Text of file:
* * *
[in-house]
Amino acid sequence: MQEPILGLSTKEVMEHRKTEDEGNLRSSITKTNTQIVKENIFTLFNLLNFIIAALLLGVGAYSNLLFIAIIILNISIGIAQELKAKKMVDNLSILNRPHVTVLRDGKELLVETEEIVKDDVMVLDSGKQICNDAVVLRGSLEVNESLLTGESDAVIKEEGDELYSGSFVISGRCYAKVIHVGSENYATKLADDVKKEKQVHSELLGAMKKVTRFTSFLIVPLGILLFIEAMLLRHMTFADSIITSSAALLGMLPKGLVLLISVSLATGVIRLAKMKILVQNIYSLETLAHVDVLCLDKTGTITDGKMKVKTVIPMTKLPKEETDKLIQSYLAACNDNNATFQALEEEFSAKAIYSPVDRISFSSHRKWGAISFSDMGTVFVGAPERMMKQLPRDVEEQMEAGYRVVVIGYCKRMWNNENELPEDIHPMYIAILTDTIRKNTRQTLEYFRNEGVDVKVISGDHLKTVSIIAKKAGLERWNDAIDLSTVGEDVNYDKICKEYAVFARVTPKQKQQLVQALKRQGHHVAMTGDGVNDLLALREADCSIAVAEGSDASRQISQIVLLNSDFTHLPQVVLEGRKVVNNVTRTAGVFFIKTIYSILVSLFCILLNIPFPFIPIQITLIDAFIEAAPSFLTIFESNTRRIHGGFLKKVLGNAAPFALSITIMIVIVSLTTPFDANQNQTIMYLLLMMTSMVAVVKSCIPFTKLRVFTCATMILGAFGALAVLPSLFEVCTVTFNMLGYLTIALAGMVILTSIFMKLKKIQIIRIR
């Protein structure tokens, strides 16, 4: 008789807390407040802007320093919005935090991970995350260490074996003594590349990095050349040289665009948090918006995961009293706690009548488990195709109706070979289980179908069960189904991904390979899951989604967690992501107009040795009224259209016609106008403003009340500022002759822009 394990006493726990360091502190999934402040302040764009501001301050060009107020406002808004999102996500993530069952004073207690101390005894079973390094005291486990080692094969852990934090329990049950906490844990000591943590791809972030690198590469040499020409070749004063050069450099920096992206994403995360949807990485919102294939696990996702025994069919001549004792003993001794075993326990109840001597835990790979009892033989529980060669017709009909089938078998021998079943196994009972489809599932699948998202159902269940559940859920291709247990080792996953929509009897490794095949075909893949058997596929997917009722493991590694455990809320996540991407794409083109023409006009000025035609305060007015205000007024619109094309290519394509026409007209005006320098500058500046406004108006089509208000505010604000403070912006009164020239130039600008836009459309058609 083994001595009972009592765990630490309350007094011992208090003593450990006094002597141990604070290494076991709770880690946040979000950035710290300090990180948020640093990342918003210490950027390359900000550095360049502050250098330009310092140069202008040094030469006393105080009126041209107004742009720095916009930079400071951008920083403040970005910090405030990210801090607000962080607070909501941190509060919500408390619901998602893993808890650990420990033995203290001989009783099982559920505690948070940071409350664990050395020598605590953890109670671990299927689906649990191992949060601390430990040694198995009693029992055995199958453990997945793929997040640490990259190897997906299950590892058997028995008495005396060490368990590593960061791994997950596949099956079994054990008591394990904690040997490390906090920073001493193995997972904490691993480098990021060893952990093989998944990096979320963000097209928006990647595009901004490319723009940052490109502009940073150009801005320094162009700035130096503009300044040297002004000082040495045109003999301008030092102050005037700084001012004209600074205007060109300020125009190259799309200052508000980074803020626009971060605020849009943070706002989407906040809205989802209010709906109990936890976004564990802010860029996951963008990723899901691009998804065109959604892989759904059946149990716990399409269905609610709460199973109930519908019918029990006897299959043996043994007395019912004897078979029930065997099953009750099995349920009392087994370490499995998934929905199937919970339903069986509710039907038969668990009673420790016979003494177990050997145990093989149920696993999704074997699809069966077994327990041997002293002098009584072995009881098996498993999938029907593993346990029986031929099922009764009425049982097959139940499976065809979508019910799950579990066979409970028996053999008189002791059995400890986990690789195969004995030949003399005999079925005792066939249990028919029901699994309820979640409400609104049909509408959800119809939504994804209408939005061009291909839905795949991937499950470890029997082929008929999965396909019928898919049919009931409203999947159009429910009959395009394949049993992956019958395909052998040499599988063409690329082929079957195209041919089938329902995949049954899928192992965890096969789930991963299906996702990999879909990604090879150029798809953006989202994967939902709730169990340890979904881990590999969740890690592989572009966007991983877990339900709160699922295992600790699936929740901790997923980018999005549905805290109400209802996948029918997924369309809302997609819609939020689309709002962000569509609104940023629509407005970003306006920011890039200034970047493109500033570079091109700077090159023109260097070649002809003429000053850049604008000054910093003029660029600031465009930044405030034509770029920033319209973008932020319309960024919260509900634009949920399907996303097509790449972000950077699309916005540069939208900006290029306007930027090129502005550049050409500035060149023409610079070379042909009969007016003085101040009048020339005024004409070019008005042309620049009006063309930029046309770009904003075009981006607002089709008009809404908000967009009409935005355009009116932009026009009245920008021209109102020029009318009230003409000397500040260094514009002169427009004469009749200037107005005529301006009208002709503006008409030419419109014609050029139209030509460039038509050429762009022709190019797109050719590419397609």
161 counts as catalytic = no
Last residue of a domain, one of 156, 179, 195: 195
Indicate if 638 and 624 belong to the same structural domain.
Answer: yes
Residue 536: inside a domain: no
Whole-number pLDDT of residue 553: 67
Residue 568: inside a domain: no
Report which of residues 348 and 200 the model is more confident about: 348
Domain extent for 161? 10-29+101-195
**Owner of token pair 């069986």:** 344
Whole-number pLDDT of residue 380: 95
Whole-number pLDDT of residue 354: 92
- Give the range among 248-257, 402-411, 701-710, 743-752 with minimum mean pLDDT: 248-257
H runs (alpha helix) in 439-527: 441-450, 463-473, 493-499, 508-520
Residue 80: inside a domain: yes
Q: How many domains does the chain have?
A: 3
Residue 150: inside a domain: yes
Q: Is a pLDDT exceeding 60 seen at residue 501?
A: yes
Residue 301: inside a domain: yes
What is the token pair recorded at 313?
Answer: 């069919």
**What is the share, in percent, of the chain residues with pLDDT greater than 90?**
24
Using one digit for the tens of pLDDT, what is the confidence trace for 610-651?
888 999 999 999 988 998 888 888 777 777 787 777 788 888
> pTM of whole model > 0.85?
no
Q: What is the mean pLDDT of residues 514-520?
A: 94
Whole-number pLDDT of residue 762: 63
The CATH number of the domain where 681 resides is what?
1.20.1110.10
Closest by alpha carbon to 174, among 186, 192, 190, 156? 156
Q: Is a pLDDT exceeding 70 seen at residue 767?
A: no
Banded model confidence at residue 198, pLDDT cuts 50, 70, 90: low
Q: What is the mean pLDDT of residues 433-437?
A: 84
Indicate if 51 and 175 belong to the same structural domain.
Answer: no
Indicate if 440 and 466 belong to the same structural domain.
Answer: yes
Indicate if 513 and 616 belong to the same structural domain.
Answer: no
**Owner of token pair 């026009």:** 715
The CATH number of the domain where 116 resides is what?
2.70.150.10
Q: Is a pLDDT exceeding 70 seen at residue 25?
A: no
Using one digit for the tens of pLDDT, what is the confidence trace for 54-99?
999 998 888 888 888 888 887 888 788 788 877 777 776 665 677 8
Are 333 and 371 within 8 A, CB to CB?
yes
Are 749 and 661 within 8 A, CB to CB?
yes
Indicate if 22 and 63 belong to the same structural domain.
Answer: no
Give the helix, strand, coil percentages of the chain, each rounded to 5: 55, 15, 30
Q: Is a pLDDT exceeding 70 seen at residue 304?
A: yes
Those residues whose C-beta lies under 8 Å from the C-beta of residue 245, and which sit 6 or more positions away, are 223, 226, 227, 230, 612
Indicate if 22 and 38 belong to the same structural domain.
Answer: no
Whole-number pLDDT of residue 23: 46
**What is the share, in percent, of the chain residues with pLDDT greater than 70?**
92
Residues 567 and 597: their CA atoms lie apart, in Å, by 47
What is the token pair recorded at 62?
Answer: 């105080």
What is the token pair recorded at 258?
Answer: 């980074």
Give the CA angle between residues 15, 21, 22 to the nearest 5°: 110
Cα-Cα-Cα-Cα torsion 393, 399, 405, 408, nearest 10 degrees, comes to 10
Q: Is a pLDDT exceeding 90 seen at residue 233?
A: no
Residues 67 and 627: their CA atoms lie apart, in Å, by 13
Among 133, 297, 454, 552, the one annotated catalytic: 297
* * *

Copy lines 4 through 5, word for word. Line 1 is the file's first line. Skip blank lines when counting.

161 counts as catalytic = no
Last residue of a domain, one of 156, 179, 195: 195